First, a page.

There are several reasons I made the modification. 1) To eliminate the weak tip which will snap immediately if you apply lateral motion in either direction if the blade's tip has become lodged into a hard surface. 2) To increase the razor slicing or incision capability and making the blade more pragmatic for small incisions to a skin for poison bites. 3) To give more support for the forward-most area on the spine for spontaneous back handing in a reverse grip, the top is much more solid.

    Note 1. I use a wet med speed to keep the stainless from discoloring and the job is so smooth that it looks totally new.

    ON THRUSTING. Every blade has a unique inferior and a superior angle of attack. Ergonomically the arch of the semi-circle of the Civilian blade, especially after my modification is ideal for forward and reverse grip thrusting (simple angle linear stab). The major limitation for tactical combat using a talon curved edge is from the outside high or low to high thrust in a forward grip. This will result in a dangerous jab rather than a cut or insertion. As the proper hold and point entry should be horizontal and parallel to the ribs off a standing antagonist for a straight edge or dual edge knife, this curvature increases the bio-dynamic straight line and follows precisely the angle of the forearm through the wrist. It is actually a more effective stabbing angle. Similar to the ergonomics of a plier upon gripping. A straight plier is very ineffective but a plier with ergonomic gripping is much more effective to create positive work force. This is true also for the reverse grip and with the tip oval round but razor sharp, the cut is very smooth.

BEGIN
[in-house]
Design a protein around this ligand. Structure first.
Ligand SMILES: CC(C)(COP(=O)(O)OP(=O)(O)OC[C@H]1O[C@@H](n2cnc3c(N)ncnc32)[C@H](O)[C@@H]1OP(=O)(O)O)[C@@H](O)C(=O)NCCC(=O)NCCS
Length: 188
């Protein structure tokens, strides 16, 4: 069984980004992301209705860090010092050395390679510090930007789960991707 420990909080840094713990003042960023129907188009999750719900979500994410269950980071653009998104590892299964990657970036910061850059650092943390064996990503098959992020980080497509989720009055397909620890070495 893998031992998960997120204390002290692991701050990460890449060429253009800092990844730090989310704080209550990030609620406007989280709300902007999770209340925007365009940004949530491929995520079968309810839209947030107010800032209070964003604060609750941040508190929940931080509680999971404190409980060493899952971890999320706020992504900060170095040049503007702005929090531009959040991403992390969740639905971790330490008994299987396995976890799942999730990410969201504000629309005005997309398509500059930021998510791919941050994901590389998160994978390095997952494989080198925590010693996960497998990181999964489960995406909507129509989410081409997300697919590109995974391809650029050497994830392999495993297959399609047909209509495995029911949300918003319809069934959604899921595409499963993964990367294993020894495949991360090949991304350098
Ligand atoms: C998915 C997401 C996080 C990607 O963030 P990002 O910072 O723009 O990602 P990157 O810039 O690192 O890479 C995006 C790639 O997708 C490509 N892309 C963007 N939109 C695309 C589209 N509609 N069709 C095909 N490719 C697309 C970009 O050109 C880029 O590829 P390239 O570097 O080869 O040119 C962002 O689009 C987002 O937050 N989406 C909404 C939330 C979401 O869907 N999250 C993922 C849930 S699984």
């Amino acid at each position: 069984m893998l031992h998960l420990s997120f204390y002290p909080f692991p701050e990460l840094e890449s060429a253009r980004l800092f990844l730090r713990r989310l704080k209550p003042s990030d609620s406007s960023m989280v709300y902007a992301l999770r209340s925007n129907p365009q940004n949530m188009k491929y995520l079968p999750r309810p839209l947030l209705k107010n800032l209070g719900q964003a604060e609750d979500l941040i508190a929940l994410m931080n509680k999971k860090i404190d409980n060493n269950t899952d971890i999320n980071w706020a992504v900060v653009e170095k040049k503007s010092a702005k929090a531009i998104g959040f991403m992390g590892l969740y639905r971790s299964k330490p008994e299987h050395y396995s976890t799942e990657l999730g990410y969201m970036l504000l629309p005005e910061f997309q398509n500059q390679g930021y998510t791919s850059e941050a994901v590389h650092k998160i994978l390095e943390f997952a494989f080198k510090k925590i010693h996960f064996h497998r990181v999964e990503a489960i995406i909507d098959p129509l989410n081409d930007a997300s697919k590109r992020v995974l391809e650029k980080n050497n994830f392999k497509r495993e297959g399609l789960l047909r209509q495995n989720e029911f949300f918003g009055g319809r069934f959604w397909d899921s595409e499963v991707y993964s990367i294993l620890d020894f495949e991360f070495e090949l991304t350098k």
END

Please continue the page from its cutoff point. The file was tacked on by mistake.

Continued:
Finally the serration of the Civilian may rip and tear at someone’s skin, but my first hand experience is that is will get caught in almost any material from nylon to denim, and is good for leaving an irreparable wound, but will cook your last meal as you cannot pull out when you get your blade snagged in your opponents' loosely-fitted clothing.